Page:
Seasonal variation in the song structure of tui (Prosthemadera novaeseelandiae)
- Human-Wildlife Interactions Research Group, Institute of Natural and Mathematical Sciences, Massey University, North Shore Mail Centre, Private Bag 102904, Auckland 1131, New Zealand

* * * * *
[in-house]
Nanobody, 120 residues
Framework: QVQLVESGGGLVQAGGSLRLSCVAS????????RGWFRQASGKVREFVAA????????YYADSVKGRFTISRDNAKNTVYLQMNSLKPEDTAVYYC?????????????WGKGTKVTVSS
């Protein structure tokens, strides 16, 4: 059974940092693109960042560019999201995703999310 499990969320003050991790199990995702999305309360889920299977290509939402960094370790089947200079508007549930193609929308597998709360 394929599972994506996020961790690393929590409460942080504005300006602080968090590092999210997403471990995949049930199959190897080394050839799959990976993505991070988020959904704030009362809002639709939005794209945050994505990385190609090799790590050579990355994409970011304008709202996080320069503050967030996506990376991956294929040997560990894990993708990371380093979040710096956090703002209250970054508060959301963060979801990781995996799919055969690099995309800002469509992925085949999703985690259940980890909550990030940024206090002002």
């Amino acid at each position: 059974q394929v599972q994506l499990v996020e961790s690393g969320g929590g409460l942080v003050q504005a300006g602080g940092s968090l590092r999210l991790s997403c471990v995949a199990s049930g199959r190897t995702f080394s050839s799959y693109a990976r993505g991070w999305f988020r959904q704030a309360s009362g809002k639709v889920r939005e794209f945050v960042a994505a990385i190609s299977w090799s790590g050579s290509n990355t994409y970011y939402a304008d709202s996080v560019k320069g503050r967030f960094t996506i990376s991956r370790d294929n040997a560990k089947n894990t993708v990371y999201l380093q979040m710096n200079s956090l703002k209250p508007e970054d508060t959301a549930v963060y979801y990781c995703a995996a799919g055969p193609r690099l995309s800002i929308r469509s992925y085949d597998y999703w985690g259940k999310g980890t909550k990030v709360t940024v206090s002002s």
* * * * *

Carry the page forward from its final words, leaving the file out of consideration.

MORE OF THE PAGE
Birdsong has evolved to help individual birds attract mates and defend territories. The breeding season is a critical period in the life history of many songbird species and previous studies indicate that bird vocal behaviour changes at the onset of breeding season. In this study, we compared the complex songs of a seasonal-breeding New Zealand honeyeater, the tui (Prosthemadera novaeseelandiae), between breeding and non-breeding seasons. We found that males’ songs in the breeding season contained significantly greater proportions of trill components compared with songs in the non-breeding season. Trill rate and consistency may be related to individual quality and therefore might signal to rivals and potential mates the quality of the singer. This is the first study to show the differences in singing behaviour of tui between seasons and provides a basis for future studies to explore the drivers of this seasonal variation in song behaviour.